The Judgement is out.. Apple doesn’t have to help FBI in the Brooklyn iPhone Case. It was indeed a victory for privacy laws of sorts, as earlier last week U.S. Magistrate Judge James Orenstein ruled that Apple cannot be compelled by the FBI to unlock the phone in the Brooklyn drug dealer case as Congress had rejected a bill that would require companies like Apple to make the content on a locked Phone device available for onward investigation. With this ruling, Apple gains an advantage over the Federal Government over access to locked devices.
Now with a judge in California considering the case where FBI is requesting access to a locked iPhone used by one of the San Bernardino attackers, Rizwan Farook, the Brooklyn iPhone judgement will give Apple the boost needed and an additional caselaw to cite, in the massacre case. The San Bernardino shooting rampage by the husband-wife duo in California claimed 14 lives and wounded 22.
Taking a stand on cases like this is tough for sure, but like Apple’s Tim Cook revealed that complying with a court order to help the FBI break into an iPhone would set a legal precedent that can violate security & privacy rights in the future.
In hindsight, there would surely have been a middle ground that should have been explored before the filing in court. It is understood that Apple would have assisted the government in accessing the data on the iPhone in question but a formal application by the Government in court & a legal ruling, was probably the precedent Apple wanted to avoid which some opine is fair.. after all that would change the face of the security measures Apple is much revered for. This, of course is not the last we have heard of this case.. after all the US Justice Department is sure to seek review of the decision.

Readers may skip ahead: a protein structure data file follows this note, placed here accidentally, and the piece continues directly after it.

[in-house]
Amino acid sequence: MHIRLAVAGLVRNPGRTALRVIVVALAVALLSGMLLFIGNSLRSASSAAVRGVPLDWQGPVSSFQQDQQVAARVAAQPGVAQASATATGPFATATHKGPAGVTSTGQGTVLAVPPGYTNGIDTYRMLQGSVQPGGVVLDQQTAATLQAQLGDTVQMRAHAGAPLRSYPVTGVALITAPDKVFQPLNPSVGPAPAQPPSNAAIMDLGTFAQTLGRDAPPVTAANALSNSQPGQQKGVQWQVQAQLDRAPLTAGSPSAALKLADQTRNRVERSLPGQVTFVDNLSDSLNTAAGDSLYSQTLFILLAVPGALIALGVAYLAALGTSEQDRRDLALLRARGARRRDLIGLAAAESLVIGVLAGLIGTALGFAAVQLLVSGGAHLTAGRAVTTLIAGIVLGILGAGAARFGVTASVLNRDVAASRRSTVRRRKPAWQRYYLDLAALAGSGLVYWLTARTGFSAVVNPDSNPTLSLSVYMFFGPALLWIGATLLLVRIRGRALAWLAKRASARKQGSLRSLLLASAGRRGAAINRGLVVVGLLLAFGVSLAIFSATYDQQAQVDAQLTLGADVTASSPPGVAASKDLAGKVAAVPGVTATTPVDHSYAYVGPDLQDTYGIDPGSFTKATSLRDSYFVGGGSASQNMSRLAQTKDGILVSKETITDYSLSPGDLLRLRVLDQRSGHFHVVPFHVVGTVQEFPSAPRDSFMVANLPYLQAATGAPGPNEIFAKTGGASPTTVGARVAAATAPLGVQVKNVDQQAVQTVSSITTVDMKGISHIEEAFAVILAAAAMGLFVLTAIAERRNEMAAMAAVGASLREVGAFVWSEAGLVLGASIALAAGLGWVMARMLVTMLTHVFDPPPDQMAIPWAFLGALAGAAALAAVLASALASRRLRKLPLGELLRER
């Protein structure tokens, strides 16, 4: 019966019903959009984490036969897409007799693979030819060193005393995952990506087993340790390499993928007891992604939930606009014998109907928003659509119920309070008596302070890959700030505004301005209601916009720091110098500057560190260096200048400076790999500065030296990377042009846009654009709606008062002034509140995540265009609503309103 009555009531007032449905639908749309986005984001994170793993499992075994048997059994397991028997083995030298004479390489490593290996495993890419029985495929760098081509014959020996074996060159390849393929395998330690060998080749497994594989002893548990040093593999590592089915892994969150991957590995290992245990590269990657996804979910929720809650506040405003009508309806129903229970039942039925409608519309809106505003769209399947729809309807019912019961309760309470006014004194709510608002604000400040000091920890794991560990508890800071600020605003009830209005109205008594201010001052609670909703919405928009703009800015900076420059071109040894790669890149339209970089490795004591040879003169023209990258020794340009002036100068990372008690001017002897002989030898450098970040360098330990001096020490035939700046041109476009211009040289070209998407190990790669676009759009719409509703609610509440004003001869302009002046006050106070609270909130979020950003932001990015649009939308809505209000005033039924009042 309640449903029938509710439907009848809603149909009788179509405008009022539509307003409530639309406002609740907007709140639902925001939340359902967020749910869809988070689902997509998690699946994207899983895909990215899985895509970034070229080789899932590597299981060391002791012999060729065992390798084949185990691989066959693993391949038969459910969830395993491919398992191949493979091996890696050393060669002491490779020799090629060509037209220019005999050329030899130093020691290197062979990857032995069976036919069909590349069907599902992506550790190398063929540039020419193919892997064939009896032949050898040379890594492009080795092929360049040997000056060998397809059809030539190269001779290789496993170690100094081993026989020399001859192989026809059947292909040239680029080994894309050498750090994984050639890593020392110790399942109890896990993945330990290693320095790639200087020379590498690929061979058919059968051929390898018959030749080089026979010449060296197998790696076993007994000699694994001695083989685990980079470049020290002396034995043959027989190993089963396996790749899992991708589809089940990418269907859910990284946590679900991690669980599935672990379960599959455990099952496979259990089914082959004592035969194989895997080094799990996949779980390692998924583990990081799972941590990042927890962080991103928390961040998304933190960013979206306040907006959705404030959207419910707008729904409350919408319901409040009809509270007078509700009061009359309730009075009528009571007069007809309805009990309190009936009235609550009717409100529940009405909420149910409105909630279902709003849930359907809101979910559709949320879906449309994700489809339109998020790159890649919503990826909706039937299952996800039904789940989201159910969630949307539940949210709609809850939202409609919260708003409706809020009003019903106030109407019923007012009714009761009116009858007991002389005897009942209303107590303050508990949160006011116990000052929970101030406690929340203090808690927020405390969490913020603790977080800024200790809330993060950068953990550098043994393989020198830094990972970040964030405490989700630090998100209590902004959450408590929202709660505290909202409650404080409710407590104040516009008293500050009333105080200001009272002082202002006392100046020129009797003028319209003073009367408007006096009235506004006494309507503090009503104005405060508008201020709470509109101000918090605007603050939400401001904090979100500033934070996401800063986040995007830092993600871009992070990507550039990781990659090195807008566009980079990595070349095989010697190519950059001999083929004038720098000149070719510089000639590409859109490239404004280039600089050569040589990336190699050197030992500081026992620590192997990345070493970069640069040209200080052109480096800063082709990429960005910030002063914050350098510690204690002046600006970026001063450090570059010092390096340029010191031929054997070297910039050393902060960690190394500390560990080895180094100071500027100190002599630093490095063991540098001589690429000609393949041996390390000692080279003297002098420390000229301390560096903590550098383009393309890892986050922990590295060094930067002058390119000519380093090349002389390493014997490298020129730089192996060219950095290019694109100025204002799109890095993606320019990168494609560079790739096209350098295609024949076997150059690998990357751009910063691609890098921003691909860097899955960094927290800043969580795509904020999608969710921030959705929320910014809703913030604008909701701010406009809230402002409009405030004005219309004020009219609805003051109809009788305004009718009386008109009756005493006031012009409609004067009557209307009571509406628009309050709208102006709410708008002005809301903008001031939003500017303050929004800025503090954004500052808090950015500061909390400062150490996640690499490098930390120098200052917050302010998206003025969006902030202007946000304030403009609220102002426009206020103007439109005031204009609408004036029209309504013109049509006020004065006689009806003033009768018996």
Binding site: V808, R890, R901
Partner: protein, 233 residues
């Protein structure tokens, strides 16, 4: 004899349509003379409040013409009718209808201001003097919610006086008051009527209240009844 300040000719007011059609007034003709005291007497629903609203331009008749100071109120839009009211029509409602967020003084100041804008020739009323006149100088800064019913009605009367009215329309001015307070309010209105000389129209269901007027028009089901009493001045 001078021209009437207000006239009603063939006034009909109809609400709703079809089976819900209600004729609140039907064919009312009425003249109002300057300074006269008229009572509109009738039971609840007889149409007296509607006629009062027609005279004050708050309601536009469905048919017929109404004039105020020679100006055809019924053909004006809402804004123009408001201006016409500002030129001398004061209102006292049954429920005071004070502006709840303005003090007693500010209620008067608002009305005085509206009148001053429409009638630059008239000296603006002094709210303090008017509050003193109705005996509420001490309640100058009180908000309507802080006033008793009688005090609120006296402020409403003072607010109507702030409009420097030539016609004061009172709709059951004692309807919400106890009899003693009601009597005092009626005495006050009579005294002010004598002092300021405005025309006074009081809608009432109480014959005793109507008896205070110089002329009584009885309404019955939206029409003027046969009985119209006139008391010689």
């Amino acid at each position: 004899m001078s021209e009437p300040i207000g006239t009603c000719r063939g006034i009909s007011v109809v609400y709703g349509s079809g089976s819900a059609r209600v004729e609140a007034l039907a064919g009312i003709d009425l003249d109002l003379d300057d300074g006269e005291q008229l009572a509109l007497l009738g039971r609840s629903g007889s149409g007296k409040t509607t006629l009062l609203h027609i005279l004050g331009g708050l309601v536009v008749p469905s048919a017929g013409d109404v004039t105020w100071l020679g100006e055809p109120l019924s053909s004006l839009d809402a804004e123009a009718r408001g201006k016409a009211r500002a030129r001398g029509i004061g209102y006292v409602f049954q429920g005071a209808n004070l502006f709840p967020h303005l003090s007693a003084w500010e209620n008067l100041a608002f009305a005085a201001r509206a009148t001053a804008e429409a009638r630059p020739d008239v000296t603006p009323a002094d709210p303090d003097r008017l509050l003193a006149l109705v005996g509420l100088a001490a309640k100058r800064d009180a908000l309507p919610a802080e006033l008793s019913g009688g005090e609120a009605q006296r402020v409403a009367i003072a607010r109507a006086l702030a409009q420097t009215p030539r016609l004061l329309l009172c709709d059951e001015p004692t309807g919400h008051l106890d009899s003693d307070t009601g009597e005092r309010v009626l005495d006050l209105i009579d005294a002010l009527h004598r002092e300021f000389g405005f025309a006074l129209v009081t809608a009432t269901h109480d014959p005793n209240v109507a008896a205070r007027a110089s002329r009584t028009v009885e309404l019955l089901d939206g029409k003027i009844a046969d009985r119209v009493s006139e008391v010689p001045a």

With the future of digital privacy now hanging in balance, we are sure the opinion wars will have people taking sides. In one hand having to chose between aiding an investigation or chasing your own right to privacy and security, the lines get blurred as both are equally important and cannot be ignored.
For now though, let’s keep in mind that the US Government has taken the decision that it is better off securing such crypto-legislative authority from the courts, as mentioned in Judge James Orenstein’s ruling. It indeed is necessary to find the balance between the necessity of access to investigating agencies and unwarranted intrusion in the life of civilians as we move ahead in this digital universe where our lives are available for all to view. What happens next in this case can change the way we look at digital security and privacy.. so its time to wait and watch!